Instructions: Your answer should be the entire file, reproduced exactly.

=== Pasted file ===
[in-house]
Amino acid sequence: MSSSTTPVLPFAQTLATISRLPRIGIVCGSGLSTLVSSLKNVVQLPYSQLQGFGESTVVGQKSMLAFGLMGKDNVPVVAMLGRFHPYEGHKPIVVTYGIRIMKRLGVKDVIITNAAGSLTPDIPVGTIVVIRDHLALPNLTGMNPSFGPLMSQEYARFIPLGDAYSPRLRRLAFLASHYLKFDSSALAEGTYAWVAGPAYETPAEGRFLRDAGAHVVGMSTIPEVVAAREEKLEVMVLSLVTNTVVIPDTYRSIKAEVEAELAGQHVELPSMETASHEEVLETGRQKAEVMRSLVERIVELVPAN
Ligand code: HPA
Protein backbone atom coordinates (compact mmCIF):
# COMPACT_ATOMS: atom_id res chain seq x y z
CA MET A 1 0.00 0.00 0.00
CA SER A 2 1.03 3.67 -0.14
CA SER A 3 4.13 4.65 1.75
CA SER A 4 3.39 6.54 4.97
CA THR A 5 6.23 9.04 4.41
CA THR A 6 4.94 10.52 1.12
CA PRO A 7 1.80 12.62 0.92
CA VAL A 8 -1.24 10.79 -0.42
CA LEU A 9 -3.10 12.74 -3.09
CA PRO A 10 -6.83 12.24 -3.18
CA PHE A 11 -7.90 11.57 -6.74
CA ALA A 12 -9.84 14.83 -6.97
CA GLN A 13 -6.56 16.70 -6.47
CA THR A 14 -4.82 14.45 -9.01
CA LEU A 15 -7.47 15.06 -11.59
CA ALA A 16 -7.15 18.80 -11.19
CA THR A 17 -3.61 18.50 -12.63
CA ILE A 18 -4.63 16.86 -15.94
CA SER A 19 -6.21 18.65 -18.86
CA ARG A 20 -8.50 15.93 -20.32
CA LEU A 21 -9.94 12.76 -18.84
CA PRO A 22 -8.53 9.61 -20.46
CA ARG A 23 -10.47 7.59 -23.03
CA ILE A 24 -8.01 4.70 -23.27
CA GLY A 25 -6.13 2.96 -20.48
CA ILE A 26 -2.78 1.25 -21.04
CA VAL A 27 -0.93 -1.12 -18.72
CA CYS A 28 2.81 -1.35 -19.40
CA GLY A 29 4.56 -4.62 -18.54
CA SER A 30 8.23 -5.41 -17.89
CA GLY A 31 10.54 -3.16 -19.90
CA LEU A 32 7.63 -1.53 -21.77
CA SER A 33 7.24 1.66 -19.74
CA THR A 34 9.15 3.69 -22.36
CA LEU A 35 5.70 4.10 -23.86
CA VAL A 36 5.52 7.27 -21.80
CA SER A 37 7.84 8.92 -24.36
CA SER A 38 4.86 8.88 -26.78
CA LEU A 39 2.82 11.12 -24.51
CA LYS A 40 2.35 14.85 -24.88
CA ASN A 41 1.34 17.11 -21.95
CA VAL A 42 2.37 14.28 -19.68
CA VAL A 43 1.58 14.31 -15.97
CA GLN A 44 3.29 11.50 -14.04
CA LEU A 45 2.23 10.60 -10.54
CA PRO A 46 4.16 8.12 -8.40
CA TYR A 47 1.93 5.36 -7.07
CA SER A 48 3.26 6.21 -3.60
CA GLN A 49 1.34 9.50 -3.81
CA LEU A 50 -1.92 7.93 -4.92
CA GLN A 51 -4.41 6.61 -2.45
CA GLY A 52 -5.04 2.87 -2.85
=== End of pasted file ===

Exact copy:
[in-house]
Amino acid sequence: MSSSTTPVLPFAQTLATISRLPRIGIVCGSGLSTLVSSLKNVVQLPYSQLQGFGESTVVGQKSMLAFGLMGKDNVPVVAMLGRFHPYEGHKPIVVTYGIRIMKRLGVKDVIITNAAGSLTPDIPVGTIVVIRDHLALPNLTGMNPSFGPLMSQEYARFIPLGDAYSPRLRRLAFLASHYLKFDSSALAEGTYAWVAGPAYETPAEGRFLRDAGAHVVGMSTIPEVVAAREEKLEVMVLSLVTNTVVIPDTYRSIKAEVEAELAGQHVELPSMETASHEEVLETGRQKAEVMRSLVERIVELVPAN
Ligand code: HPA
Protein backbone atom coordinates (compact mmCIF):
# COMPACT_ATOMS: atom_id res chain seq x y z
CA MET A 1 0.00 0.00 0.00
CA SER A 2 1.03 3.67 -0.14
CA SER A 3 4.13 4.65 1.75
CA SER A 4 3.39 6.54 4.97
CA THR A 5 6.23 9.04 4.41
CA THR A 6 4.94 10.52 1.12
CA PRO A 7 1.80 12.62 0.92
CA VAL A 8 -1.24 10.79 -0.42
CA LEU A 9 -3.10 12.74 -3.09
CA PRO A 10 -6.83 12.24 -3.18
CA PHE A 11 -7.90 11.57 -6.74
CA ALA A 12 -9.84 14.83 -6.97
CA GLN A 13 -6.56 16.70 -6.47
CA THR A 14 -4.82 14.45 -9.01
CA LEU A 15 -7.47 15.06 -11.59
CA ALA A 16 -7.15 18.80 -11.19
CA THR A 17 -3.61 18.50 -12.63
CA ILE A 18 -4.63 16.86 -15.94
CA SER A 19 -6.21 18.65 -18.86
CA ARG A 20 -8.50 15.93 -20.32
CA LEU A 21 -9.94 12.76 -18.84
CA PRO A 22 -8.53 9.61 -20.46
CA ARG A 23 -10.47 7.59 -23.03
CA ILE A 24 -8.01 4.70 -23.27
CA GLY A 25 -6.13 2.96 -20.48
CA ILE A 26 -2.78 1.25 -21.04
CA VAL A 27 -0.93 -1.12 -18.72
CA CYS A 28 2.81 -1.35 -19.40
CA GLY A 29 4.56 -4.62 -18.54
CA SER A 30 8.23 -5.41 -17.89
CA GLY A 31 10.54 -3.16 -19.90
CA LEU A 32 7.63 -1.53 -21.77
CA SER A 33 7.24 1.66 -19.74
CA THR A 34 9.15 3.69 -22.36
CA LEU A 35 5.70 4.10 -23.86
CA VAL A 36 5.52 7.27 -21.80
CA SER A 37 7.84 8.92 -24.36
CA SER A 38 4.86 8.88 -26.78
CA LEU A 39 2.82 11.12 -24.51
CA LYS A 40 2.35 14.85 -24.88
CA ASN A 41 1.34 17.11 -21.95
CA VAL A 42 2.37 14.28 -19.68
CA VAL A 43 1.58 14.31 -15.97
CA GLN A 44 3.29 11.50 -14.04
CA LEU A 45 2.23 10.60 -10.54
CA PRO A 46 4.16 8.12 -8.40
CA TYR A 47 1.93 5.36 -7.07
CA SER A 48 3.26 6.21 -3.60
CA GLN A 49 1.34 9.50 -3.81
CA LEU A 50 -1.92 7.93 -4.92
CA GLN A 51 -4.41 6.61 -2.45
CA GLY A 52 -5.04 2.87 -2.85